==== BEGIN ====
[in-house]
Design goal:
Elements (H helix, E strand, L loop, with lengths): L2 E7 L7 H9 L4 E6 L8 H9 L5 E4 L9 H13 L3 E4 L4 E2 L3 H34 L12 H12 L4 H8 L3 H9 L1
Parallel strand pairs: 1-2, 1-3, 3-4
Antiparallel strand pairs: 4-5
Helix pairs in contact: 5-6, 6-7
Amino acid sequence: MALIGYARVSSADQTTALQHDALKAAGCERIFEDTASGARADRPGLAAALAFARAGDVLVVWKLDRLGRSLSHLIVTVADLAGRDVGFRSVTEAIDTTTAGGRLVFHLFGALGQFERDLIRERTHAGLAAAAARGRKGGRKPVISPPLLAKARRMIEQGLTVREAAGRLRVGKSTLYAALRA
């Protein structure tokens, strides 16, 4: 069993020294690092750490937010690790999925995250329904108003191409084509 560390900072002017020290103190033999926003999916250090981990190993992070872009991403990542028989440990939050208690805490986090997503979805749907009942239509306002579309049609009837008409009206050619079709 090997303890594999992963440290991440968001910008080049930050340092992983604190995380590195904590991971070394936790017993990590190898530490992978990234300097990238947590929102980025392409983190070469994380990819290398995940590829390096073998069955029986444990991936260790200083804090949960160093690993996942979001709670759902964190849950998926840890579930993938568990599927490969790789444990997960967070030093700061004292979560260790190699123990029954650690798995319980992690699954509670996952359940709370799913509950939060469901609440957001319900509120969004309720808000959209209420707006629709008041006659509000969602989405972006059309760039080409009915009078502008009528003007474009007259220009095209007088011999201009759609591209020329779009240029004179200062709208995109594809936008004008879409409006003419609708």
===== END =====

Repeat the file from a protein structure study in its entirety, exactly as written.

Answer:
[in-house]
Design goal:
Elements (H helix, E strand, L loop, with lengths): L2 E7 L7 H9 L4 E6 L8 H9 L5 E4 L9 H13 L3 E4 L4 E2 L3 H34 L12 H12 L4 H8 L3 H9 L1
Parallel strand pairs: 1-2, 1-3, 3-4
Antiparallel strand pairs: 4-5
Helix pairs in contact: 5-6, 6-7
Amino acid sequence: MALIGYARVSSADQTTALQHDALKAAGCERIFEDTASGARADRPGLAAALAFARAGDVLVVWKLDRLGRSLSHLIVTVADLAGRDVGFRSVTEAIDTTTAGGRLVFHLFGALGQFERDLIRERTHAGLAAAAARGRKGGRKPVISPPLLAKARRMIEQGLTVREAAGRLRVGKSTLYAALRA
């Protein structure tokens, strides 16, 4: 069993020294690092750490937010690790999925995250329904108003191409084509 560390900072002017020290103190033999926003999916250090981990190993992070872009991403990542028989440990939050208690805490986090997503979805749907009942239509306002579309049609009837008409009206050619079709 090997303890594999992963440290991440968001910008080049930050340092992983604190995380590195904590991971070394936790017993990590190898530490992978990234300097990238947590929102980025392409983190070469994380990819290398995940590829390096073998069955029986444990991936260790200083804090949960160093690993996942979001709670759902964190849950998926840890579930993938568990599927490969790789444990997960967070030093700061004292979560260790190699123990029954650690798995319980992690699954509670996952359940709370799913509950939060469901609440957001319900509120969004309720808000959209209420707006629709008041006659509000969602989405972006059309760039080409009915009078502008009528003007474009007259220009095209007088011999201009759609591209020329779009240029004179200062709208995109594809936008004008879409409006003419609708």